Emergency Situations and Injury Assessment Time is Critical – There is no room for Uncertainty or Error
Procedures to follow in an Emergency Be: C - Calm O - Orderly O - Organized L – Logical /Level headed Survey the Situation Good observational skills Looking at skin color, deformities Listening to heart/lung sounds Touching skin for temperature Smelling breath or skin infection Assess extent of the person’s injuries Mechanism History
Here is a urine color chart to help you determine your hydration status. Your urine color should be between #1 and #3 throughout the day.
Determine Nature and Severity Nature of injury Cardiopulmonary Trauma Medical Severity Mild, Moderate, Severe, Critical Scale rated by athlete 1 – 10 Symptoms and Signs
Emergency Action Plan (EAP) Prime concern is maintain Cardiovascular, and Central Nervous System function Sports setting is the Initial evaluation of an injured athlete. Done rapidly and accurately Staff must act reasonably and prudently Cohesive team Develop separate EAP’s according to facilities Baseball/softball field Soccer/football field Emergency equipment available for each sport Football vs. cross country Policies and procedures regarding removal of equipment.
Phones are readily accessible Calling 911 Caller must provide important information Type of emergency/suspected injury Present condition of the athlete Current assistance being given Location of telephone being used Exact location of emergency/how to enter location Know policies and procedures of institution Contact: Campus police – direct paramedics/fire engine Health services – If P.E. student Administrators – Director of Athletics Assign someone to accompany athlete to hospital Carry contact information for ALL athletes Be aware of coaches/spectators/family members health TEAMWORK Individuals providing emergency care MUST cooperate and act professionally
Emergency Action Plan Procedures Organization _________________________________ Sport _____________ Team____________ Year ______ In the event of a medical emergency the on-duty physician, certified athletic trainer, or paramedic will administer immediately emergency aid to the injured person. If none of the above are present, then the head coach or designated first aider will assumer responsibility. The designated person will immediately initiate the Emergency Medical System (EMS) The designated care provider will remain with the injured athlete at all times Designated person use cell phone/land line and dial 911 or other predetermined number Identify self and exact location State the nature of the injury Instruct emergency vehicle exactly where and how to reach area Street access Entry gate Building location Building entry Stay on the line until operate disconnects Return to injury scene to be available for additional assistance Designated person meet the vehicle at the gate entrance. This person will have all necessary gate/door keys Designated person meet the vehicle at the gate entrance. This person will have all necessary gat/door keys/combinations. Designated person contact security for crowd control and other needs Designated person immediately call parents/guardian and advise them of circumstances, then call the designated administrator and advise circumstances Designated person document all information relating to injury and emergency response. Designated person accompanies the injured athlete to the hospital and remains until parents/guardian or designated administrator arrives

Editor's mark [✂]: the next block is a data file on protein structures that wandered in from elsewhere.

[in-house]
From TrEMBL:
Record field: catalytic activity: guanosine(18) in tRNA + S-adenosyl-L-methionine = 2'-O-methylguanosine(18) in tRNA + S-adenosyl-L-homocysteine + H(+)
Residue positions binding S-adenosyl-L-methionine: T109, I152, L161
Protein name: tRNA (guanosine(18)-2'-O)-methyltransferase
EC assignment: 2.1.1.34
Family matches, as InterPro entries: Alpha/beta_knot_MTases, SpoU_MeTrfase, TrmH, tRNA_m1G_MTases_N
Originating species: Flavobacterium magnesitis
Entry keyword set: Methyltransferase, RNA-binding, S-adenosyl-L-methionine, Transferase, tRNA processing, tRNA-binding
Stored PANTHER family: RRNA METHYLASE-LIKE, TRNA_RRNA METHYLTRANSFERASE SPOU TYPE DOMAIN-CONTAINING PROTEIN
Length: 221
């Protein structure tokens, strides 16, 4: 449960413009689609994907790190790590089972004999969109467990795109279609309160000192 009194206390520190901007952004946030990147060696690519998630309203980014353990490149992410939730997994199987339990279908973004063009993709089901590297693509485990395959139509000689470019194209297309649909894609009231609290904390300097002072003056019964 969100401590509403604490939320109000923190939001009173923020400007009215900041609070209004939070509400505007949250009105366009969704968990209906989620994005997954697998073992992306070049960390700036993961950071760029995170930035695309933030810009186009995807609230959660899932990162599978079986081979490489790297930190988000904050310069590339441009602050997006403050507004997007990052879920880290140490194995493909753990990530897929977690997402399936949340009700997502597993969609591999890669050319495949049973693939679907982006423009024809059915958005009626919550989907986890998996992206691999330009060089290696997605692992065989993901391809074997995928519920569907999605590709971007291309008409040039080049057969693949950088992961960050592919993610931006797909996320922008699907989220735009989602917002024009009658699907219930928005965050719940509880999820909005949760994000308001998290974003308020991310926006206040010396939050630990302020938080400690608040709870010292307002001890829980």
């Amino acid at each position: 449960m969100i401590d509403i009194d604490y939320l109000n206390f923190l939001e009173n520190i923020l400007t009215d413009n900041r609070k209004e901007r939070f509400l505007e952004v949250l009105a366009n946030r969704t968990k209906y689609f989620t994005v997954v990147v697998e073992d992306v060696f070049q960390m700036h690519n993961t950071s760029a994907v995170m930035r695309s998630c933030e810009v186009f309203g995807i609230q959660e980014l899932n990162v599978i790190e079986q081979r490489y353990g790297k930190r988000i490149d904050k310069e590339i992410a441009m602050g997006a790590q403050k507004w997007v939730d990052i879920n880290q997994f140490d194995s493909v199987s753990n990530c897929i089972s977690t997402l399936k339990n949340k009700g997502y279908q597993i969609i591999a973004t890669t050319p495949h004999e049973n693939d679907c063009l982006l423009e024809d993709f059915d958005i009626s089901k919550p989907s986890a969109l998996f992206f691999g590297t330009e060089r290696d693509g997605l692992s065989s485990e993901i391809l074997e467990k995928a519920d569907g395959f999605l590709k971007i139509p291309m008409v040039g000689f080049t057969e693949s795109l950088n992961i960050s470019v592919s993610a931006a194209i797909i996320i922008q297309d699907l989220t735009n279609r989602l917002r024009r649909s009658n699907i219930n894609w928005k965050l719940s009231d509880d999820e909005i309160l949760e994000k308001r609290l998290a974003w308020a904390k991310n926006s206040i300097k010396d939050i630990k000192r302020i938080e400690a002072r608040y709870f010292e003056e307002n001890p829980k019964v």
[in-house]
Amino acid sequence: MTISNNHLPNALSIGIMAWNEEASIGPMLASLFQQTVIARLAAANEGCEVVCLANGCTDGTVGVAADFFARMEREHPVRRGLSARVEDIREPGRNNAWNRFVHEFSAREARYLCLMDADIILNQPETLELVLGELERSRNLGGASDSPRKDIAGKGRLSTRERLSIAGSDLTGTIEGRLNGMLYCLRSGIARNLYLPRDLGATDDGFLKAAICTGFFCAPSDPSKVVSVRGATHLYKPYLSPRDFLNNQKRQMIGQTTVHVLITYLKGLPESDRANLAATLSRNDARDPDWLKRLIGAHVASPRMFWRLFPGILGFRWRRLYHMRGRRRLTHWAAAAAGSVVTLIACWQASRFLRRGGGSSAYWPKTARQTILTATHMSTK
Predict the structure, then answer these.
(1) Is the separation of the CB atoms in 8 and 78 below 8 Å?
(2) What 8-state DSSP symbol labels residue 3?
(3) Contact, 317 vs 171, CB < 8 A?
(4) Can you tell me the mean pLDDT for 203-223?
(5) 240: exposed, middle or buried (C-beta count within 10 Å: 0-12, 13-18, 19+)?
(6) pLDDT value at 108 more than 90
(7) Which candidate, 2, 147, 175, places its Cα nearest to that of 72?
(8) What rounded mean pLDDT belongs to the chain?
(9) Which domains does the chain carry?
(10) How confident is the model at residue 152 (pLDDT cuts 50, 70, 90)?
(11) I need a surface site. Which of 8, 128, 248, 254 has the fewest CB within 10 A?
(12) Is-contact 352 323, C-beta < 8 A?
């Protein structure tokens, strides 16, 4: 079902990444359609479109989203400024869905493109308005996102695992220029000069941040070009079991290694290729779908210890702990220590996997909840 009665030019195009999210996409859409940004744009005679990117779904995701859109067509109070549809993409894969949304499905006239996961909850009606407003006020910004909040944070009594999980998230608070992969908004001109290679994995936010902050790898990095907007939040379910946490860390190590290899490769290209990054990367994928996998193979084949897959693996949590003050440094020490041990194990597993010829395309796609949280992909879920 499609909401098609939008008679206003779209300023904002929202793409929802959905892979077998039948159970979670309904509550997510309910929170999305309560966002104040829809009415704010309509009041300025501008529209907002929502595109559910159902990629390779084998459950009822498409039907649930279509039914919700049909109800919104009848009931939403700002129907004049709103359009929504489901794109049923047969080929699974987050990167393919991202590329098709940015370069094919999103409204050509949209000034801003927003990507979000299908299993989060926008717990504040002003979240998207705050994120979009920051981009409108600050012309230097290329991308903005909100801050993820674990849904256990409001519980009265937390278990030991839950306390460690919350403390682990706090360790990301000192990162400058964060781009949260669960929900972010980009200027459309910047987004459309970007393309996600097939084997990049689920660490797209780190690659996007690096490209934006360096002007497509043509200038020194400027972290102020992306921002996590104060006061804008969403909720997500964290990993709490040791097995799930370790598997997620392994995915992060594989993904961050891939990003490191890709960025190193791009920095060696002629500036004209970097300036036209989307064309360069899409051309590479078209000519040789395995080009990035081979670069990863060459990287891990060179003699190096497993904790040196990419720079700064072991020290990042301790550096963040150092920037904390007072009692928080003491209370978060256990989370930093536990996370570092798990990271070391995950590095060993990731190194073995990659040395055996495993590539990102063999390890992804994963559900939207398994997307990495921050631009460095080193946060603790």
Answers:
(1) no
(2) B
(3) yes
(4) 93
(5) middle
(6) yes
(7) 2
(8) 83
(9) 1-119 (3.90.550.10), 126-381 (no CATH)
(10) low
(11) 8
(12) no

EAP Designated Roles NAME: _______________ Attends injured athlete, controls scene _______________ Calls 911 or other predetermined number _______________ Supervises team _______________ Call security and initiates crowd control _______________ Meets paramedics at gate and guides to injured athlete _______________ Gives emergency card to paramedics _______________ Accompanies injured athlete to hospital Procedures for Calling 911
The major cross streets are: _______________ and ___________________ Best entrance route is: _____________________
There is an athlete with a ____________________ injury.
The athletes name is: __________________
I am calling from:____________________ (phone #)
_________________ will meet the ambulance/paramedics at: _______________
The athlete is located at: _____________________, which is on the _______________ side of the facility
Do Not end the call until the operator hangs up first.
Primary Survey Systematic assessment /evaluation Check your watch Level of consciousness (LOC) Conscious Introduce yourself Ask their name, Know what happened Helps assess state of mine/orientation Unconscious Airway Breathing Circulation Provides direction the decision making process
The Secondary Survey Head to Toe physical assessment to determine extent of illness or injury. Approximately 2 min. DO NOT RUSH Determines if injured athlete can/cannot leave field, with assistance or if EMS is required. Keep anyone who doesn’t need to be there away Ask questions about the injury/illness Helps alleviate anxiety Checks orientation of athlete
HOPSMethodical Injury Assessments History: Based on subjective findings How did the injury happen? When did it happen? Has this ever happened? Observation: Based on objective findings Compare uninvolved side (uninvolved checked 1st) Look for swelling, deformities, discoloration Watch how athletes moves Palpation: Athlete points to area that hurts Feel for deformities, spasms, pulse, breaks in skin/tissue, skin temp. Special Tests: Check Active Range of Motion (AROM_ Passive Range of Motion (PROM) Test muscular strength (resistive testing) If assessment or treatment is beyond your abilities Activate EMS or refer to physician
Body Planes and Directional Terms: Important to keep in the terminology used in health care to describe different areas of the body. Imaginary lines are used to separate the body into sections. Must be communicated to other emergency personnel